APORIA

Friday, March 10, 2006
Down by Drake’s Bay, while watching ravens climb,
And glide, and dive headlong, finally to spiral
Interlocked, tumbling, it’s as though naked being —
Kernel of all those things we knew, in childhood,
Things easily attained — reproaches me,
World being transparent, as light strikes grains of sand.

*

All might be justified, on our finding a theorem,
Employing axioms of common sense
And postulates of Euclid's Elements,
To demonstrate that there’s no mystery,
At noon, going any deeper than the quiet
Surface of water, where cinnamon teal
Dip heads, across the pond, beside cattails.

*

But knowing myself I’d have to hesitate,
As at a strange frontier, rather than face
The wave gathering scattered gold in time.

*

A garter snake warms itself in the shade,
In one lozenge of sunlight, and moves on.

*

Let there be some truth I haven't betrayed.









For Jane Hurst, near Limantour Beach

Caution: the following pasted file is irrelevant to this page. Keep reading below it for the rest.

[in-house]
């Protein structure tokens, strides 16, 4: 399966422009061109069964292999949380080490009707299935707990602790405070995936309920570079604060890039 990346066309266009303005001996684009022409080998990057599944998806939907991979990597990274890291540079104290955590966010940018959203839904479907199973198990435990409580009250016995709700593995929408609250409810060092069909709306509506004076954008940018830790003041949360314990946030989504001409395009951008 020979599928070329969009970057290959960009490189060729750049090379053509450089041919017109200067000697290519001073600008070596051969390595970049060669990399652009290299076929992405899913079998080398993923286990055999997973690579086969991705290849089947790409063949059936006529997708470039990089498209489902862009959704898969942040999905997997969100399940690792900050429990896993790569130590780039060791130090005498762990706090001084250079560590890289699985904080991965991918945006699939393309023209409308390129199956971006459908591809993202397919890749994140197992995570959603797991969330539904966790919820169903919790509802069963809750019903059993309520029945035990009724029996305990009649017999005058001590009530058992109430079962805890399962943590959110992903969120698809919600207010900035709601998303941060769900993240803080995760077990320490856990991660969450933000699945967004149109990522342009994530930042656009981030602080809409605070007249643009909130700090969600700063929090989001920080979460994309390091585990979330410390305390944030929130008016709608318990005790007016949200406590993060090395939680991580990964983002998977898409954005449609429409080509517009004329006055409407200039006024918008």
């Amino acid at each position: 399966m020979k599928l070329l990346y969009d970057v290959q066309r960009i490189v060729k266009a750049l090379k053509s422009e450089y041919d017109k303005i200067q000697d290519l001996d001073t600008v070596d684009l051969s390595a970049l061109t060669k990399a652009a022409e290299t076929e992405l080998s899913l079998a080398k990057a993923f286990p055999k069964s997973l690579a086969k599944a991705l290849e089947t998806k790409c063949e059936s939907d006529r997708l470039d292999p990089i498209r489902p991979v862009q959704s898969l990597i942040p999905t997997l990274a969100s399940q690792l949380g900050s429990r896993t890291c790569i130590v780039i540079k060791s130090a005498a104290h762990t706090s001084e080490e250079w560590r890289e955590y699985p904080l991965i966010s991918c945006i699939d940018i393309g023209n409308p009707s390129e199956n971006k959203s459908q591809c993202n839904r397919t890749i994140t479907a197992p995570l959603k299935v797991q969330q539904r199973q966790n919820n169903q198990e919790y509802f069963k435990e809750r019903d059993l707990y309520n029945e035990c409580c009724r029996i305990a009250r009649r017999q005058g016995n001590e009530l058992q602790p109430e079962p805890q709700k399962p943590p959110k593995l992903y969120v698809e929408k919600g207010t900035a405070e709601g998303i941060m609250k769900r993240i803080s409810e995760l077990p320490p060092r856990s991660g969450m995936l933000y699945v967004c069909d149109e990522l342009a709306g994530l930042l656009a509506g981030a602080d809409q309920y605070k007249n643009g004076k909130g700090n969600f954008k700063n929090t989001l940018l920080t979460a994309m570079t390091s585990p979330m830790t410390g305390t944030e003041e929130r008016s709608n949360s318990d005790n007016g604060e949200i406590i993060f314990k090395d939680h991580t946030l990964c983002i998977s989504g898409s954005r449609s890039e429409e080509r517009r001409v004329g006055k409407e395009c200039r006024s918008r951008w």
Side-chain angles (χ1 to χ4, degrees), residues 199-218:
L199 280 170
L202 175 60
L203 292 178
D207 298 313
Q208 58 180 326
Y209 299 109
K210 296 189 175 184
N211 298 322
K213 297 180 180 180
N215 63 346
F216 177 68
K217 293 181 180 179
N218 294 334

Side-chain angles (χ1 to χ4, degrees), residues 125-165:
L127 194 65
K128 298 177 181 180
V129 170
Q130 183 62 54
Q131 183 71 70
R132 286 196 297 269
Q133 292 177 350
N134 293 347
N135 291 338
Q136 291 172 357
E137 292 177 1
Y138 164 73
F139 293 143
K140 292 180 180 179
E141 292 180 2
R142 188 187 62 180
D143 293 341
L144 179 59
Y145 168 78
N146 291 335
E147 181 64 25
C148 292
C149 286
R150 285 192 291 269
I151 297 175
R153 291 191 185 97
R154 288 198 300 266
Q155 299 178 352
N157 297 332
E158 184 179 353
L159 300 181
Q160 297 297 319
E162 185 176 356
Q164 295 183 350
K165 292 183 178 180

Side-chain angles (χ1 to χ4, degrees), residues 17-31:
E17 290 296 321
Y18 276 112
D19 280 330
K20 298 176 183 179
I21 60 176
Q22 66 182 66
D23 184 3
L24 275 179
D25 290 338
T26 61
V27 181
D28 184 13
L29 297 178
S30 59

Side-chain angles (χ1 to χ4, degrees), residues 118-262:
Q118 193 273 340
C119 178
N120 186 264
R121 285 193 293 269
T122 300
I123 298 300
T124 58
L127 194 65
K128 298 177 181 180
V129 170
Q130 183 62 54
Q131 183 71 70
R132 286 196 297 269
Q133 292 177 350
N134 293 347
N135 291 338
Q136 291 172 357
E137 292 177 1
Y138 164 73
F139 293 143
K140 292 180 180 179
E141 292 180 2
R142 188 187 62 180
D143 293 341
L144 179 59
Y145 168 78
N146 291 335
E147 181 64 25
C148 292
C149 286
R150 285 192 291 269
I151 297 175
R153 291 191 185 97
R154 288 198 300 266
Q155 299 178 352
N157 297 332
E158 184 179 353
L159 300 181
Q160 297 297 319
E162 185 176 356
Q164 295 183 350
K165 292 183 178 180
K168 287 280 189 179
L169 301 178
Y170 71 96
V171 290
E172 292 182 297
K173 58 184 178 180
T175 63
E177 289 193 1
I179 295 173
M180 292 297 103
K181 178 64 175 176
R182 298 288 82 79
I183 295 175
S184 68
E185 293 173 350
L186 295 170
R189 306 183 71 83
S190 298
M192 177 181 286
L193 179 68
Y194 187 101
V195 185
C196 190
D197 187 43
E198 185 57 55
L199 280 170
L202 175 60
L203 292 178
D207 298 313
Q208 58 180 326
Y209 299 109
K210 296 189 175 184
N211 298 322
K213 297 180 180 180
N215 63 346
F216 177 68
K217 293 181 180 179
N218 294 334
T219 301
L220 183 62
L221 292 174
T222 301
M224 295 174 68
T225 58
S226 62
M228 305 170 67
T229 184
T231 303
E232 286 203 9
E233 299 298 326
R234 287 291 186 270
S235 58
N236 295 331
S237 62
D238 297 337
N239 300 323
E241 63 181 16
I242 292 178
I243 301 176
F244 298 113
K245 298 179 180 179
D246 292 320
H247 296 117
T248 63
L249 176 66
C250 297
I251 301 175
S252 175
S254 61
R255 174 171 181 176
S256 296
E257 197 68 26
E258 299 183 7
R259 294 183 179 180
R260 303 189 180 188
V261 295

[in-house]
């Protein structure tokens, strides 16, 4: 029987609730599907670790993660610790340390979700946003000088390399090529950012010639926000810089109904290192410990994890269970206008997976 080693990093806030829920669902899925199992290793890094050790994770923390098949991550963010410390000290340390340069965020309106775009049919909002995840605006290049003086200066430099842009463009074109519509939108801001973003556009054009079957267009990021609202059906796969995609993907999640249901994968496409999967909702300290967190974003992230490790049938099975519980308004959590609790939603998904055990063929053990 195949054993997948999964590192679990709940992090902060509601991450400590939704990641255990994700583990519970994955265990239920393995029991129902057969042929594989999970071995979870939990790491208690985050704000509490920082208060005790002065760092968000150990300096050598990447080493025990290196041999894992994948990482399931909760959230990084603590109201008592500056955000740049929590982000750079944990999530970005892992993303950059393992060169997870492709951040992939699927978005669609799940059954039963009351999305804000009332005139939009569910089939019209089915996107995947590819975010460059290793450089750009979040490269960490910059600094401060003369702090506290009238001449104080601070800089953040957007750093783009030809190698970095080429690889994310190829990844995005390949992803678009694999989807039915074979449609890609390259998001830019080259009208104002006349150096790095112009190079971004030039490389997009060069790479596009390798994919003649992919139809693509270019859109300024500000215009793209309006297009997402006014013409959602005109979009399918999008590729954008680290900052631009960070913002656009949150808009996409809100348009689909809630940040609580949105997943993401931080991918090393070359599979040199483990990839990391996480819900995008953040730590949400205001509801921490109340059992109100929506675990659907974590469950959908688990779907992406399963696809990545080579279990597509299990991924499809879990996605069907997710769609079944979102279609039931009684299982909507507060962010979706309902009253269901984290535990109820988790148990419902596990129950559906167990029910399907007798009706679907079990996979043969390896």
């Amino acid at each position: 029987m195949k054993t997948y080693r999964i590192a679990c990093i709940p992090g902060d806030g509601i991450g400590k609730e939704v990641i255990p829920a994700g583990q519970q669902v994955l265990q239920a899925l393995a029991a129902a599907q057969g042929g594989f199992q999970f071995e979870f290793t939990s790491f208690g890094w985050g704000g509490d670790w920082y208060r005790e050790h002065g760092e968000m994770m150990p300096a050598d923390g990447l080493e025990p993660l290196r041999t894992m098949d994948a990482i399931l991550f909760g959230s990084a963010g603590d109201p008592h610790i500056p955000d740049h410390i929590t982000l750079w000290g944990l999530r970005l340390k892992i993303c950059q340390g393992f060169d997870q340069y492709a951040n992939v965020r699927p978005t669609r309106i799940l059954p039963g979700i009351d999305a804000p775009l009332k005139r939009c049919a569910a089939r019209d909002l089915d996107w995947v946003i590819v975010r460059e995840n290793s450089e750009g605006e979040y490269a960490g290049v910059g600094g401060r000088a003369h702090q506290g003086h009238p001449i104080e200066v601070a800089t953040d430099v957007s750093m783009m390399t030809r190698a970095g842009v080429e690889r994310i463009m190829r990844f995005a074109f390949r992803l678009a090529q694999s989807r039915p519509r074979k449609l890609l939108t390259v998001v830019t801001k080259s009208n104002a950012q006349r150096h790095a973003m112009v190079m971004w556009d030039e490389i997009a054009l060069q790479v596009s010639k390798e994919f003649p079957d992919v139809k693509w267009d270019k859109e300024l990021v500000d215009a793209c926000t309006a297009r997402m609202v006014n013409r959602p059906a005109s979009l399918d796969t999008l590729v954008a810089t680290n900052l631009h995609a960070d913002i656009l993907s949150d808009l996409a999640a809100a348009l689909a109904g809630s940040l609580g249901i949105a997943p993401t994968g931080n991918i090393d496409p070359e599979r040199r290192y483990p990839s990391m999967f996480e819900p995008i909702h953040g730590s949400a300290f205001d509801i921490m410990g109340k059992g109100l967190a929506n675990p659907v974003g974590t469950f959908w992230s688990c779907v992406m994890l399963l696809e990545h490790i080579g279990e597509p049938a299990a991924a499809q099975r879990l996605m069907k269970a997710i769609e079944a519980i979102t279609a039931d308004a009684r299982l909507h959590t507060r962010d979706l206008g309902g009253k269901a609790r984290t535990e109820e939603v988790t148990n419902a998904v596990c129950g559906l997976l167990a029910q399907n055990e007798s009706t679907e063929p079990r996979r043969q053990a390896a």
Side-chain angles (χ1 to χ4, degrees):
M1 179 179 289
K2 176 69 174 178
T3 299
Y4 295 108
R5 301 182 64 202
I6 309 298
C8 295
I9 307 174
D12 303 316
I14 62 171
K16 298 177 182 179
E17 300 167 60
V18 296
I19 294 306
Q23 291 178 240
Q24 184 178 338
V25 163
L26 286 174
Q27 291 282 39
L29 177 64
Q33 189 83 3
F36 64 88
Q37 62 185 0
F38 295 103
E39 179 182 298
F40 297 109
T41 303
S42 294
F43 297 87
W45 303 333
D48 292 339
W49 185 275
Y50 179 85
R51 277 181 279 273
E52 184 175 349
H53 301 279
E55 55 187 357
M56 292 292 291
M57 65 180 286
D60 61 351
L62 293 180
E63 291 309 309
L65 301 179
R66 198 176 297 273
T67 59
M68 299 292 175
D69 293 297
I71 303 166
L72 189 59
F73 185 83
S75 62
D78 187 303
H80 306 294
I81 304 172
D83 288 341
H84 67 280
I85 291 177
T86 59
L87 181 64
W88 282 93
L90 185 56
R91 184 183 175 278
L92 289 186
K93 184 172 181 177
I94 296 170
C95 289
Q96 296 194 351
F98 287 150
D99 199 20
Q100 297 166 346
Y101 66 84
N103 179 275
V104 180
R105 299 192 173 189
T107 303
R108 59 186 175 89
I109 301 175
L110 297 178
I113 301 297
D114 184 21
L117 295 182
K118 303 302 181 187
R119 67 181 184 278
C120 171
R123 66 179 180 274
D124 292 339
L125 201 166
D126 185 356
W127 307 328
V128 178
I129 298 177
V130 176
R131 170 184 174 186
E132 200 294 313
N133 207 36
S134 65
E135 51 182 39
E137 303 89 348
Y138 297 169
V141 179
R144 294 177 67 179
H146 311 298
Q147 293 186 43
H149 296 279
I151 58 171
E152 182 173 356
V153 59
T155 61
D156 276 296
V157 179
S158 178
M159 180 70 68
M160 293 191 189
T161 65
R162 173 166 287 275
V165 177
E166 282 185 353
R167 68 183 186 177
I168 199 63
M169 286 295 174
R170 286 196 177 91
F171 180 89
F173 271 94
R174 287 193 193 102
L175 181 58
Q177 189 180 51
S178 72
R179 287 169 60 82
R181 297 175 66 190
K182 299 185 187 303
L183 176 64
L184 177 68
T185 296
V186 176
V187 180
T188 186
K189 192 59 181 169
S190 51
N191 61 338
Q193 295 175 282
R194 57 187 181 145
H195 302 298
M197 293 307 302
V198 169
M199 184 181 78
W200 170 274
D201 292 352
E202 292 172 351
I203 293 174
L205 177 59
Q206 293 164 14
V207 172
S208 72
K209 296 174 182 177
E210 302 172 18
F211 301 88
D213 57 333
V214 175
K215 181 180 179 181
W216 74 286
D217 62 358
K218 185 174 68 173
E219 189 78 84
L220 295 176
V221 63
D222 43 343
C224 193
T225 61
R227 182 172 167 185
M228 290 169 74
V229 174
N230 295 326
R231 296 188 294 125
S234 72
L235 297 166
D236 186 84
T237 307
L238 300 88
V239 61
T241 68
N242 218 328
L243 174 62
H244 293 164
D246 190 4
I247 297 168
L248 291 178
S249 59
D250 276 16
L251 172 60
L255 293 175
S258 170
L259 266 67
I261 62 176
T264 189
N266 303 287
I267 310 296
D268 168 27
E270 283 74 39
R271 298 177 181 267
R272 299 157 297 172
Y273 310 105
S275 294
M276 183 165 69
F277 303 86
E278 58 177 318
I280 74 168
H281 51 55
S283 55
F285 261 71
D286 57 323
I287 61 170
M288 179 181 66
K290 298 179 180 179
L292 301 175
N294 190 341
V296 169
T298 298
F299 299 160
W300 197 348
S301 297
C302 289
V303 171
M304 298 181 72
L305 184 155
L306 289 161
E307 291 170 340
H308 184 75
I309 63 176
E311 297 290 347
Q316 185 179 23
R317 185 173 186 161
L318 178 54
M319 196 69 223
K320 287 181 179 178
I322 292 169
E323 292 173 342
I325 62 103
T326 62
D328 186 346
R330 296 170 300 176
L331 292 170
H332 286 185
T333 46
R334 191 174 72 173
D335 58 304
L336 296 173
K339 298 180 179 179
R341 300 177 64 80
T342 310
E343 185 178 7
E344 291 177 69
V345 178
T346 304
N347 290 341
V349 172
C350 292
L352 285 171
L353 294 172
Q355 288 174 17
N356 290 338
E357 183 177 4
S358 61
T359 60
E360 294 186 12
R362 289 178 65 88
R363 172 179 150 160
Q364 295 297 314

3 comments:

Jamie Irons said...

A note: Aporia is a Greek philosophical term, meaning a sort of impasse in a dialectical argument. It may also mean an insoluble contradiction or paradox in in a text's meanings or, as a figure of speech, it may signal that the speaker appears to be in doubt, or purports to be in doubt, about a question. The word derives from roots
meaning cannot be carried across.

Barry Dauphin said...

Jamie,

I wonder if one attempted solution to aporia has been metaphor, whose roots mean to carry across or transfer. That might be one way for a poet to see it.

Syl said...

Sometimes things just are.

And sometimes we just have to live, instead of thinking about living.